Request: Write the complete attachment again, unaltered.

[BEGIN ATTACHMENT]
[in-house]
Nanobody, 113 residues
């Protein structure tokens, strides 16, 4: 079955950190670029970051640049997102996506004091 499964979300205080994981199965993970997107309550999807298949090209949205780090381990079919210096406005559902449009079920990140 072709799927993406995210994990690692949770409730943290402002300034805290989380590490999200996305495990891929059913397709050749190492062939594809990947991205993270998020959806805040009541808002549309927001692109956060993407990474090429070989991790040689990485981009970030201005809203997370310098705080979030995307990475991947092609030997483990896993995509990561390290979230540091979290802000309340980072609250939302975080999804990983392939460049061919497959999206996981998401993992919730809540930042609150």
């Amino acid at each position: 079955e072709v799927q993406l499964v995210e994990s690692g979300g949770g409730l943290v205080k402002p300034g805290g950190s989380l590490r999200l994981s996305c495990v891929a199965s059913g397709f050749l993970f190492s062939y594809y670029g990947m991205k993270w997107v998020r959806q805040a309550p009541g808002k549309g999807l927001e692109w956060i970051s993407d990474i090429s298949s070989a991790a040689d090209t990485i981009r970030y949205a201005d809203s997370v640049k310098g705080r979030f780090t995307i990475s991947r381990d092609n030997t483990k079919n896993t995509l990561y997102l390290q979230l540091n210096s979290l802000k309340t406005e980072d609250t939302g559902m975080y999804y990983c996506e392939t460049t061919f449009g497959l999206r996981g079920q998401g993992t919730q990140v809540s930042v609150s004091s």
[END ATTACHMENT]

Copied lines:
[in-house]
Nanobody, 113 residues
């Protein structure tokens, strides 16, 4: 079955950190670029970051640049997102996506004091 499964979300205080994981199965993970997107309550999807298949090209949205780090381990079919210096406005559902449009079920990140 072709799927993406995210994990690692949770409730943290402002300034805290989380590490999200996305495990891929059913397709050749190492062939594809990947991205993270998020959806805040009541808002549309927001692109956060993407990474090429070989991790040689990485981009970030201005809203997370310098705080979030995307990475991947092609030997483990896993995509990561390290979230540091979290802000309340980072609250939302975080999804990983392939460049061919497959999206996981998401993992919730809540930042609150």
């Amino acid at each position: 079955e072709v799927q993406l499964v995210e994990s690692g979300g949770g409730l943290v205080k402002p300034g805290g950190s989380l590490r999200l994981s996305c495990v891929a199965s059913g397709f050749l993970f190492s062939y594809y670029g990947m991205k993270w997107v998020r959806q805040a309550p009541g808002k549309g999807l927001e692109w956060i970051s993407d990474i090429s298949s070989a991790a040689d090209t990485i981009r970030y949205a201005d809203s997370v640049k310098g705080r979030f780090t995307i990475s991947r381990d092609n030997t483990k079919n896993t995509l990561y997102l390290q979230l540091n210096s979290l802000k309340t406005e980072d609250t939302g559902m975080y999804y990983c996506e392939t460049t061919f449009g497959l999206r996981g079920q998401g993992t919730q990140v809540s930042v609150s004091s």